John Miller, the U.S. State Department’s top official for combating human trafficking, said Thursday at a Congressional hearing that countries struggling to confront that growing global problem must adhere to suggestions put forward by the U.S., or risk harsh consequences. He was responding to tough questions from members of the House of Representatives, several of whom said they wanted Miller’s office to do more.
Loretta Sanchez, a member of the House of Representatives from Orange County, California, said it must be asked ‘what allows human trafficking to flourish?,’ and then firm actions must be taken to address the specific problems and loopholes to protect vulnerable men, women and children, the usual victims of human trafficking. She indicated that countries which do not take effective measures to combat the exploitation of poor people by profiteers should face sanctions by the U.S. government.
Thelma Drake, a member of the House from Virginia, declared that she would not spend even a dollar for a vacation in any of the countries with documented human trafficking problems. She said an international campaign warning tourists not to visit nations with poor track records on human trafficking should be started.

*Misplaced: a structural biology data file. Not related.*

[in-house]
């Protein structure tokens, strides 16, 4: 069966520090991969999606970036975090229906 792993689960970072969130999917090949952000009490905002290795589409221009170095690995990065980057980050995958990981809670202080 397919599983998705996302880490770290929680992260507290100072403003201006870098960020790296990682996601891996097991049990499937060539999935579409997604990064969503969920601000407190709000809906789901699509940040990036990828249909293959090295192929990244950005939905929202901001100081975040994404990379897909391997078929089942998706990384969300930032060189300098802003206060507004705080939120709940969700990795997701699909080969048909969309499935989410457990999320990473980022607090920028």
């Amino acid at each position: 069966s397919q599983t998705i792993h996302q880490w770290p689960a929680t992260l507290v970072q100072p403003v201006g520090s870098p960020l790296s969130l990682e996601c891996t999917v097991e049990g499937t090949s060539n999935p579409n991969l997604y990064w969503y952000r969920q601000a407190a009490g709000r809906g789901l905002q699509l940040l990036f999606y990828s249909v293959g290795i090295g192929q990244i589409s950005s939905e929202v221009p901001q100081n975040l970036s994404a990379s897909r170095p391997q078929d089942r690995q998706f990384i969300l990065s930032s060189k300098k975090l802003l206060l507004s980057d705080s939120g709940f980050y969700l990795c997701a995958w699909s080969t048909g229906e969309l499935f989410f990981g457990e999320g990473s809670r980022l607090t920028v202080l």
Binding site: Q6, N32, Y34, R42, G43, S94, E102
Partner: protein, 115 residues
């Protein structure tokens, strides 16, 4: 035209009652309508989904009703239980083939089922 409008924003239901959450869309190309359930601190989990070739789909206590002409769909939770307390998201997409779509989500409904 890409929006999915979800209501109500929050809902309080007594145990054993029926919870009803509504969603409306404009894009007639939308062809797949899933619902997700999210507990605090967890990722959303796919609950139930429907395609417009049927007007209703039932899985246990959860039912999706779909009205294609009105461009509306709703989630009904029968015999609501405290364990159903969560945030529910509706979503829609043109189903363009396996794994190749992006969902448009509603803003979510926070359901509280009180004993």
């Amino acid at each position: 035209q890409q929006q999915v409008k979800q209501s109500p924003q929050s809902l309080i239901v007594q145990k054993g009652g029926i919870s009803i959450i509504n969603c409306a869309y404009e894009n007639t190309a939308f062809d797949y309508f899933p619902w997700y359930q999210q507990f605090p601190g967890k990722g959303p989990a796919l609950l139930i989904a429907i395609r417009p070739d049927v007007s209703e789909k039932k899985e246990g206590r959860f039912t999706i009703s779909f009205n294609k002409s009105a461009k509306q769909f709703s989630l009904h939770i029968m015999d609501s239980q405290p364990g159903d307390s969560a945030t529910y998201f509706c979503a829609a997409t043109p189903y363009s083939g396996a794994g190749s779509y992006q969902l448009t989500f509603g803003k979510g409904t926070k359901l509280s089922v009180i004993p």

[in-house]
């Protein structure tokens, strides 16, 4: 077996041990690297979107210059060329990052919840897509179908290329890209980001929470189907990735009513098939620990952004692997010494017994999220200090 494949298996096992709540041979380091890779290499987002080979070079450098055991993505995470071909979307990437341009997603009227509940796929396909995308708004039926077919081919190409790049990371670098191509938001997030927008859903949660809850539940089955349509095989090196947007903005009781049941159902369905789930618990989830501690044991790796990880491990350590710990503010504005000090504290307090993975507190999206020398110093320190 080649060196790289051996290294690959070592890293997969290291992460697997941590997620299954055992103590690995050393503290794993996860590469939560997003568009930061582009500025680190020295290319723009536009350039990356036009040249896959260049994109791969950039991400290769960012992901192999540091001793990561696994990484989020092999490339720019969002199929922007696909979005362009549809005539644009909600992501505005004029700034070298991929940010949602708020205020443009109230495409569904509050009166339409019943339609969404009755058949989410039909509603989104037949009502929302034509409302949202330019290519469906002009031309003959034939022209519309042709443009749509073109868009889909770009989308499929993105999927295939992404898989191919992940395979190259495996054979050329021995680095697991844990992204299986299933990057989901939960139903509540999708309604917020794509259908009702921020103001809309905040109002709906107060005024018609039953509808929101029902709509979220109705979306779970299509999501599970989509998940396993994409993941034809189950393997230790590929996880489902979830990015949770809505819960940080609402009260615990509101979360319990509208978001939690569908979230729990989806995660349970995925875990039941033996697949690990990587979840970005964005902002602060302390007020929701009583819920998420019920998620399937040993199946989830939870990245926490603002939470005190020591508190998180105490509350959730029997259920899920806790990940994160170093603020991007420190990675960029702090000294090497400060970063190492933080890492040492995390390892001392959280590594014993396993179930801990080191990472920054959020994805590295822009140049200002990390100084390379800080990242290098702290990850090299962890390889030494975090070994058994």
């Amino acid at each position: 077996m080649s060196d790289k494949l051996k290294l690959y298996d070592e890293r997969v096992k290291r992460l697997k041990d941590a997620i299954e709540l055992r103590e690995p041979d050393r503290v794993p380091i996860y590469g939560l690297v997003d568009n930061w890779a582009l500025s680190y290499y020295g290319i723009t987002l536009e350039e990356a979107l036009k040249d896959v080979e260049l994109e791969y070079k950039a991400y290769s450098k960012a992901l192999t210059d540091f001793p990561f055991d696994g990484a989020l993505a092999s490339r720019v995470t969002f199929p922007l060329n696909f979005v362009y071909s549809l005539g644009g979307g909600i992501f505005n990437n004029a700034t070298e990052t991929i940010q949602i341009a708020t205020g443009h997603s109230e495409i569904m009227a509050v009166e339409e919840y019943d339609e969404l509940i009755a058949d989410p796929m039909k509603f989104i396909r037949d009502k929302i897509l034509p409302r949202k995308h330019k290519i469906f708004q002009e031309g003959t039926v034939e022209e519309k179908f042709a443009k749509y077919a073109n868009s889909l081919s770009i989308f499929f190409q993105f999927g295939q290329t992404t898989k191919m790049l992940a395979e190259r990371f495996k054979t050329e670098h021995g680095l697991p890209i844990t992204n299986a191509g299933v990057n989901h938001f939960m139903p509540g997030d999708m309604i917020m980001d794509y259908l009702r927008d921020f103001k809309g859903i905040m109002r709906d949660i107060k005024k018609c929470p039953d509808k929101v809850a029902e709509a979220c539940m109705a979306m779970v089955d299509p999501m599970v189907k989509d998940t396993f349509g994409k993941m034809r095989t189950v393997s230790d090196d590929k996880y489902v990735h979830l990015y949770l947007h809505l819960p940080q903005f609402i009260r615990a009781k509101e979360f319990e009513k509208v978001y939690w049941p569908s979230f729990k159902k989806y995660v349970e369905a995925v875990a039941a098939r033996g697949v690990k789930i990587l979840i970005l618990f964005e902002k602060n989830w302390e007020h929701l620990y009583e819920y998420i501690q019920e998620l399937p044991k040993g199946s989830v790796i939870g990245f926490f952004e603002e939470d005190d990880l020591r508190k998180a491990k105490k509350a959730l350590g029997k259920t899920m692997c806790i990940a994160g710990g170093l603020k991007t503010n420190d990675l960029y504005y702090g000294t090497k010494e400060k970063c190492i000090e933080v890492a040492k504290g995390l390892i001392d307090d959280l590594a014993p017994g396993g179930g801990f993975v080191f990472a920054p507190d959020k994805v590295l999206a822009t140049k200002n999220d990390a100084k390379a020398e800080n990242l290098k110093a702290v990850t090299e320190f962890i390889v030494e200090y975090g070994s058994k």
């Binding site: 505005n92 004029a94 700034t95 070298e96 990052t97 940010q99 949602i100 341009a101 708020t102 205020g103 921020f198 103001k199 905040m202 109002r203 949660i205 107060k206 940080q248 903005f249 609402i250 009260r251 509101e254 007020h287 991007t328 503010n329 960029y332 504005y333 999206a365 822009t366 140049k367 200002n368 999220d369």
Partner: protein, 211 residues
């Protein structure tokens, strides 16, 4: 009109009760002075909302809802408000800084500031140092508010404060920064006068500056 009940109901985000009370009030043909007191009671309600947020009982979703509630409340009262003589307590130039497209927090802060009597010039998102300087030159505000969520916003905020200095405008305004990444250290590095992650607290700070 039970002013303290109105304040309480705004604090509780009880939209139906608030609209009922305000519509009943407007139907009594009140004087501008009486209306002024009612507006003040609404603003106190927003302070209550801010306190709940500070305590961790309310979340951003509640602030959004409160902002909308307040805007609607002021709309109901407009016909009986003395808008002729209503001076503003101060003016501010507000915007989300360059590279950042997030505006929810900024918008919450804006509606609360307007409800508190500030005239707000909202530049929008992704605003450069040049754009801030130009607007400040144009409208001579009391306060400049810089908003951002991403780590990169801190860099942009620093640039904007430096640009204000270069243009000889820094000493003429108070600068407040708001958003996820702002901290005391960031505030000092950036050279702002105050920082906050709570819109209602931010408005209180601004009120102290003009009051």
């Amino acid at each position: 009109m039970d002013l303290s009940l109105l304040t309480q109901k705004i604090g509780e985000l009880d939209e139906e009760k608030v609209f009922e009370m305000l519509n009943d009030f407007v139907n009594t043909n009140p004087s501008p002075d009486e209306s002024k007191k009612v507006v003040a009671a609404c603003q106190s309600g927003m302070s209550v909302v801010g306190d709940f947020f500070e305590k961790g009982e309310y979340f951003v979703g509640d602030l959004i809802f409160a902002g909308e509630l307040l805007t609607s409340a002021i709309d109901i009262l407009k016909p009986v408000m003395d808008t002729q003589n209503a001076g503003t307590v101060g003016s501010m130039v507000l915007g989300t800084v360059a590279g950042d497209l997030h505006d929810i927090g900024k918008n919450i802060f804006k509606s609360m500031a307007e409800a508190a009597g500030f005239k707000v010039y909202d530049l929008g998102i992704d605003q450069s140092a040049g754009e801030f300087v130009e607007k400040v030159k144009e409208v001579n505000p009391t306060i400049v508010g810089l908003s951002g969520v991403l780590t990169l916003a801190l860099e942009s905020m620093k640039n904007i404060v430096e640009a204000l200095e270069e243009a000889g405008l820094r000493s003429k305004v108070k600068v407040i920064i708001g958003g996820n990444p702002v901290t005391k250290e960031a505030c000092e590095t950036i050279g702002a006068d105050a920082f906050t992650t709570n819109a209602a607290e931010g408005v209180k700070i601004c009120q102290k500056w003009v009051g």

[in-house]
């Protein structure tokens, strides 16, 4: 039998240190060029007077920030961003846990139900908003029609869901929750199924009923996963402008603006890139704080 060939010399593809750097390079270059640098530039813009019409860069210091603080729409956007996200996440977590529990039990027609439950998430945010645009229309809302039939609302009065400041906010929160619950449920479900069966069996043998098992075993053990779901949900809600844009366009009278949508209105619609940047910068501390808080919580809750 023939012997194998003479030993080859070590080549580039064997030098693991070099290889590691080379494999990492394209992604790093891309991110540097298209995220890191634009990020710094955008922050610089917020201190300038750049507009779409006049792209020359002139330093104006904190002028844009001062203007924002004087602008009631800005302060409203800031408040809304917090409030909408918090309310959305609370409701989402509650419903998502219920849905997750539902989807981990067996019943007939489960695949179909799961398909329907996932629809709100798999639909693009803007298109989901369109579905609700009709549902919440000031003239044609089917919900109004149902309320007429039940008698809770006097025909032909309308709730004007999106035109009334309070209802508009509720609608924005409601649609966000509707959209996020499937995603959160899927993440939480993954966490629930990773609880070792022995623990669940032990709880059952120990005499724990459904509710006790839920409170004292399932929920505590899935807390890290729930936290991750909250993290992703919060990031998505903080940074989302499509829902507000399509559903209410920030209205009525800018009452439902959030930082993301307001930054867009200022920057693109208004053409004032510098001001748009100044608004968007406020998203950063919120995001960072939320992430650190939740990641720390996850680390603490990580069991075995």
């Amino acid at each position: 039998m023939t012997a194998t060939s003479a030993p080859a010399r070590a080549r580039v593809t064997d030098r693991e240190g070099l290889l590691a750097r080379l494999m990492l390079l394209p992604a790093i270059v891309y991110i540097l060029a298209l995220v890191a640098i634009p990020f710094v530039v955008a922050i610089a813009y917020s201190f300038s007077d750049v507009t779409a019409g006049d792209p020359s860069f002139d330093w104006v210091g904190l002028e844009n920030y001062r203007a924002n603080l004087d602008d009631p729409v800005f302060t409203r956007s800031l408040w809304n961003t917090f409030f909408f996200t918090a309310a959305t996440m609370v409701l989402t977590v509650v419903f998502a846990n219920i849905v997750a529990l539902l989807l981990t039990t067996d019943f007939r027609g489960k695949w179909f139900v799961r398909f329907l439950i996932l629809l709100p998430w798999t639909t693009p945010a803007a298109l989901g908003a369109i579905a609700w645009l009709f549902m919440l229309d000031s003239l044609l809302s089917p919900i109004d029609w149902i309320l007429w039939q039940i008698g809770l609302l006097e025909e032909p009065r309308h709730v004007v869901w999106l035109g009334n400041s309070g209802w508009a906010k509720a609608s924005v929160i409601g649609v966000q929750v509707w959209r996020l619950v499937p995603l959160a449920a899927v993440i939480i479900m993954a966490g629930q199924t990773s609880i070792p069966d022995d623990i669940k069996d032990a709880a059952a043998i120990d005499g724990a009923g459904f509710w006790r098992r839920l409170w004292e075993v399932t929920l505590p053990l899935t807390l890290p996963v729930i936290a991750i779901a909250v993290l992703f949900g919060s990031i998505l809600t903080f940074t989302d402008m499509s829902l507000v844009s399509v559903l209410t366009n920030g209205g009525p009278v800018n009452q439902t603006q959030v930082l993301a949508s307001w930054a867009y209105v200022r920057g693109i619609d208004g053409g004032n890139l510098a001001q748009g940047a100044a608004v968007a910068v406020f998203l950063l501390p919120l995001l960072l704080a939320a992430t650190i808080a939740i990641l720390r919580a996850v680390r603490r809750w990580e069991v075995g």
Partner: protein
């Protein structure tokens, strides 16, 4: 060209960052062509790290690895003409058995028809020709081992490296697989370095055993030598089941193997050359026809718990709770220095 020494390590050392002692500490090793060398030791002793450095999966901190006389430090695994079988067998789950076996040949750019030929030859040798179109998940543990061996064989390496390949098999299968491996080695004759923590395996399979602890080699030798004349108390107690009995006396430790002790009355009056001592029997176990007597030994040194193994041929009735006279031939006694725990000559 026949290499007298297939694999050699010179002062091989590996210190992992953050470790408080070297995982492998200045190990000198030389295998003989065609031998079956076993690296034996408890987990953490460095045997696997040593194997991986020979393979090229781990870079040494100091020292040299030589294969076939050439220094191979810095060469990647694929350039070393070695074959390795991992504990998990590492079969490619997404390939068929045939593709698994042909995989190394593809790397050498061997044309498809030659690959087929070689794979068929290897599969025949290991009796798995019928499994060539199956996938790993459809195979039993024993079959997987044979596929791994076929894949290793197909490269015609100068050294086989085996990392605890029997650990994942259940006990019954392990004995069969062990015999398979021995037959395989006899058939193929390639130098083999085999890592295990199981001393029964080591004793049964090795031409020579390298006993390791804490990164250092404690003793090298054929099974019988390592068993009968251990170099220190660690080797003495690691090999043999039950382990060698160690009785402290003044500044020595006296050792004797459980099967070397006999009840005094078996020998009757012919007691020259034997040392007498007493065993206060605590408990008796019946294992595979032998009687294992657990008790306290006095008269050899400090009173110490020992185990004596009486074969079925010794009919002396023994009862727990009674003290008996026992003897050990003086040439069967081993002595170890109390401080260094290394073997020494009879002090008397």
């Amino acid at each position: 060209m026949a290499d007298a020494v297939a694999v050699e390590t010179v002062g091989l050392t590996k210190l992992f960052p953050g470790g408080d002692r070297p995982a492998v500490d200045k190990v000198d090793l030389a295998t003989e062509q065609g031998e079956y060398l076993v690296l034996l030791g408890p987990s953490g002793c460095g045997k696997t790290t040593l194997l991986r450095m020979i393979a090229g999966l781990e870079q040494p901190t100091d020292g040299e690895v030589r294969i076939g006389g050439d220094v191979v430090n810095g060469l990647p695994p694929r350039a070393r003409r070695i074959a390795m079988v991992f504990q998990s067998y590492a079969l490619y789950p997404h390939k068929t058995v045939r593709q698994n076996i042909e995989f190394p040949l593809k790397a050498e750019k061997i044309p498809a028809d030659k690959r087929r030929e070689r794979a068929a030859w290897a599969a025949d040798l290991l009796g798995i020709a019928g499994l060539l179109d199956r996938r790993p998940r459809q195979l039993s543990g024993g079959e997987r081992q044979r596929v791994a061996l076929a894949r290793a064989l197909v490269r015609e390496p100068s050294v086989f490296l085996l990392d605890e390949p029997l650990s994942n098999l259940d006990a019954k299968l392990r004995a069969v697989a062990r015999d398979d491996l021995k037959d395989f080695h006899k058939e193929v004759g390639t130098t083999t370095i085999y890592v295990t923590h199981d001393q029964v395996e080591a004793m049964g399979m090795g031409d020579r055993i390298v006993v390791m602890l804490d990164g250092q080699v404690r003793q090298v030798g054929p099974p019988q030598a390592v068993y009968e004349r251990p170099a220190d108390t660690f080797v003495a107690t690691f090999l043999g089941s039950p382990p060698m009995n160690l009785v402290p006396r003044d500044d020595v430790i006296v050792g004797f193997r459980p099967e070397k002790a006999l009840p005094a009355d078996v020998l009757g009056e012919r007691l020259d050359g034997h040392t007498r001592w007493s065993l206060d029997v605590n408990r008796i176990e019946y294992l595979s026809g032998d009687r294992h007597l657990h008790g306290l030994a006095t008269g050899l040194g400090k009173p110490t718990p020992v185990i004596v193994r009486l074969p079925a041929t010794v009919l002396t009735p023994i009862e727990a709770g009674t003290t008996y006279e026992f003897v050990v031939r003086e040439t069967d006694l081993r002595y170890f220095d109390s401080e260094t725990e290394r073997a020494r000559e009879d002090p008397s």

The State Department’s 2006 report on human trafficking was released last month. It announced that Cambodia had been promoted to Tier Two Watchlist, from Tier 3, where it was ranked in 2005 along with the world’s worst human trafficking violators. However, Miller has said that Cambodia has not yet reached minimum standard of prevention of human trafficking and must do more, or face a drop down in 2007.
The Cambodian government is determined to improve the situation and does not worry about the comments by U.S. congressmen and women. Ek Sereywath, Cambodian Ambassador to the U.S., said this week that the members of congress are merely reiterating a long-standing message that the Cambodian government already knows well: that it must take additional action to suppress human trafficking networks.
The U.S. imposed partial sanctions against Cambodia in 2005 for the Cambodian government’s poor record against human trafficking. U.S. officials have urged the government of Prime Minister Hun Sen to take effective measures to prevent the human trafficking and to bring human traffickers to justice.